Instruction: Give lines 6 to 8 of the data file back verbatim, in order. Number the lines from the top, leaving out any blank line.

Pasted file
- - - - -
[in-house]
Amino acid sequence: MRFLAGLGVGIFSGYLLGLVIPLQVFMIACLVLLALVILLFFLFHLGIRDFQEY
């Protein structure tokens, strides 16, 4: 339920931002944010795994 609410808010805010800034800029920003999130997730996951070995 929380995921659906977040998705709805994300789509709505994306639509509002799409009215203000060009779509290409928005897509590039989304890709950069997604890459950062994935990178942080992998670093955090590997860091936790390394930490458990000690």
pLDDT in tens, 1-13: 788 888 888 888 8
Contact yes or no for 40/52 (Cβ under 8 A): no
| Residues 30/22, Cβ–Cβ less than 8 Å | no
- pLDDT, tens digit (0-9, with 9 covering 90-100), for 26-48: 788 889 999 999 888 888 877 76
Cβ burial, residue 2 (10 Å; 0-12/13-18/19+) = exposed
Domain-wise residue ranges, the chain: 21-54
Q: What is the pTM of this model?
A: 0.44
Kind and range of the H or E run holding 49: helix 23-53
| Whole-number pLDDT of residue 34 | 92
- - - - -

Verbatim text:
| Residues 30/22, Cβ–Cβ less than 8 Å | no
- pLDDT, tens digit (0-9, with 9 covering 90-100), for 26-48: 788 889 999 999 888 888 877 76
Cβ burial, residue 2 (10 Å; 0-12/13-18/19+) = exposed